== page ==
Prior to getting engaged, my then-boyfriend and I were completely on the same page when it came to what we valued about our future wedding. There of course, were a few minor exceptions–like my firm belief that a “pretty dress” was a high priority while he was lacking interest on that subject, but in short, we were both 100% dedicated to keeping our list of wedding wants/needs simple. We knew we wanted something small. We were in definite agreement that we wanted our nuptials to be fun for us and all of our guests, and we were firm in our desire not to spend a small fortune.
Something strange happens when you get engaged…people start asking you questions TONS and TONS of questions. And in my case, people started asking me before I started asking myself…which sent me into a two week period of coo-coo-ka-choo during which I kept wondering…what have I gotten myself into? And if my fiancé would have started to think the same thing when the overwhelming questions took me to a place I had so recently promised I’d never go to, I wouldn’t have been able to blame him.
In less than two weeks the expectations that society has for a “wedding” today took my recently engaged mantra from “Yipeee look at my ring! We are going to get murrrrrried!” to “Oh my beezus, I have to plan this wedding that includes a, b, c, d, x, y, and z and cost me what?!?!” But it was a simple comment from my fiancé that helped me flip the switch back to sanity:
“You didn’t care about this stuff at all before. Why would you care about it now? I didn’t think that was what we wanted.”
Zing! That statement made me remember that all of these things people were asking me about that were stressing me out, didn’t matter to me at all. I had completely lost myself in the concerns of others, and I think that is very disconcerting. But this is what I see happen over and over in the wedding industry. I see it when I’m reading blogs or articles online, when I encounter other couples at pre-wedding events, and when I’m talking to my friends/family about wedding planning experiences of each other and others we know—past, present and future.
In addition to a loss of perspective on what’s truly important, one of the biggest downfalls of planning your wedding based on the values of others rather than what is valuable to you as a couple, is that you will spend more money…on a bunch of crap you don’t even care about.
Shifting your perspective from “We must do X because that is what is always done” to “We are going to skip X and focus on A,B, and C because that is what is important for us” will decrease your budget because you simply won’t spend money on things that are unimportant(ahem—no floral centerpieces at my wedding), and it will also increase the amount of fun you have while planning. My fiancé and I have been shocked by how much we’ve enjoyed the planning process so far, but part of that enjoyment comes from the fact that we simply don’t mess with things that don’t matter.
Prioritize, Prioritize, Prioritize – If you start to feel overwhelmed or stressed, ask yourself if what you are worried about even matters to you. If it doesn’t carry much weight in the value of your wedding, just nix it from your to-do list and your budget.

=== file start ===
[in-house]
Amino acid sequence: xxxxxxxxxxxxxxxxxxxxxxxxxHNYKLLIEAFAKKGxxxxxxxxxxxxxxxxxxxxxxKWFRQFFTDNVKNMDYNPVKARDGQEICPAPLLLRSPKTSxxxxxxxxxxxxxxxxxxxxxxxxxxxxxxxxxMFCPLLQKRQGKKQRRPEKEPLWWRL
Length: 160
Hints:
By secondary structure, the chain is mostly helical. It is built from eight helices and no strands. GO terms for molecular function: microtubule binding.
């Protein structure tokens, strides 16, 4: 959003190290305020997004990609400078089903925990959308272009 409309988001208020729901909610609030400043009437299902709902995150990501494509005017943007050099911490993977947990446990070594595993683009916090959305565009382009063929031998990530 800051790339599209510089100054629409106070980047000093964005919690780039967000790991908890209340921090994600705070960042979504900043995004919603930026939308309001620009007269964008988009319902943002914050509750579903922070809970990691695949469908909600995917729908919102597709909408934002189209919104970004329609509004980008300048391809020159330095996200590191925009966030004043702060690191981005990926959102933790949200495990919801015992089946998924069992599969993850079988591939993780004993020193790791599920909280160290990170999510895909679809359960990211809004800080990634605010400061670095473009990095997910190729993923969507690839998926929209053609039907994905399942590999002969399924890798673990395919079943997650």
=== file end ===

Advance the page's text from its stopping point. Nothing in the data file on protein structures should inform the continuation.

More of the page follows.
Common Sense – Use it or lose it. If you tend to get sucked in to the crazy wedding hoopla, make sure you have a close friend or family member that can reality check you fast so you can start using your common sense again.
Listen to your Fiancé – Yes, I realize that if my wedding was 100% planned by my fiancé it would probably take place in a courthouse with a reception at a water park to follow; however, men tend to be more realistic than us ladies, and their rational is rarely affected by wedding magazines, pinterest, instagram, and countless chick flicks. I’m guessing if you are marrying him, he can be trusted to help you when you are losing perspective
Stay True to You – Create a wedding that is true to you and your relationship. If certain “fancies” aren’t your style, you don’t need to force it. As a matter of fact, you can simply cut it out of your wedding day and your budget.
Attitude is Everything – Just like any other event in your life, your attitude plays a huge role in your wedding experience. View that food tasting as an opportunity not a chore, and it will definitely be a more enjoyable experience.
Invest in What’s Important – Every wedding situation is unique. For example, if you are getting married and holding your reception at an outdoor venue you might not have to spend much on décor but may need to invest in space heaters to keep guests warm in the evening hours. If you don’t care much about wowing your guests with beautiful invitations—DON’T INVEST IN THEM! If it’s not important to you, you should not be spending your money on it.
Spend Time, but Don’t Waste It – Whenever you are planning an event, you will have to dedicate time to your cause. If you eliminate aspects/costs that you don’t place much value on from the get-go, you won’t have to waste time thinking about them or adding them to your list of wedding decisions and expenses.
You can also read our posts about Wedding Budgeting 101: A Guide for Beginners and Finding the Perfect Wedding Venue within your Budget. For information about gaining control over your finances check out our Getting Started section at the top of our page.